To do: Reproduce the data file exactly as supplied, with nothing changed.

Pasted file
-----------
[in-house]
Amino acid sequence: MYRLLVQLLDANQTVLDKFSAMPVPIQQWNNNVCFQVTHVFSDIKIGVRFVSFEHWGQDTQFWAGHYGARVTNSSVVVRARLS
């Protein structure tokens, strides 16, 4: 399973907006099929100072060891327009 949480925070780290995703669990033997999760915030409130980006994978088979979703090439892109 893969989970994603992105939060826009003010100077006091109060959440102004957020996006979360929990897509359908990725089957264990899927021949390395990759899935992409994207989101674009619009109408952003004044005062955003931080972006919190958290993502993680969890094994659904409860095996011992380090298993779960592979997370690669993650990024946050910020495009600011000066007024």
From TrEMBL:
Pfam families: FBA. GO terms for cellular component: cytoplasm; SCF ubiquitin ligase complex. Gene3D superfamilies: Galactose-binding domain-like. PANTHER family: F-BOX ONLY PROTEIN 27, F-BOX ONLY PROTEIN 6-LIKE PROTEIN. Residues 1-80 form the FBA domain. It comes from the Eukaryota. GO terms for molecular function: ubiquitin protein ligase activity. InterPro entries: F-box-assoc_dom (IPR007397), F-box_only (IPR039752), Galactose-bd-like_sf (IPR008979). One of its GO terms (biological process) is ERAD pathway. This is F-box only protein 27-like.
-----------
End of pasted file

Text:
[in-house]
Amino acid sequence: MYRLLVQLLDANQTVLDKFSAMPVPIQQWNNNVCFQVTHVFSDIKIGVRFVSFEHWGQDTQFWAGHYGARVTNSSVVVRARLS
């Protein structure tokens, strides 16, 4: 399973907006099929100072060891327009 949480925070780290995703669990033997999760915030409130980006994978088979979703090439892109 893969989970994603992105939060826009003010100077006091109060959440102004957020996006979360929990897509359908990725089957264990899927021949390395990759899935992409994207989101674009619009109408952003004044005062955003931080972006919190958290993502993680969890094994659904409860095996011992380090298993779960592979997370690669993650990024946050910020495009600011000066007024």
From TrEMBL:
Pfam families: FBA. GO terms for cellular component: cytoplasm; SCF ubiquitin ligase complex. Gene3D superfamilies: Galactose-binding domain-like. PANTHER family: F-BOX ONLY PROTEIN 27, F-BOX ONLY PROTEIN 6-LIKE PROTEIN. Residues 1-80 form the FBA domain. It comes from the Eukaryota. GO terms for molecular function: ubiquitin protein ligase activity. InterPro entries: F-box-assoc_dom (IPR007397), F-box_only (IPR039752), Galactose-bd-like_sf (IPR008979). One of its GO terms (biological process) is ERAD pathway. This is F-box only protein 27-like.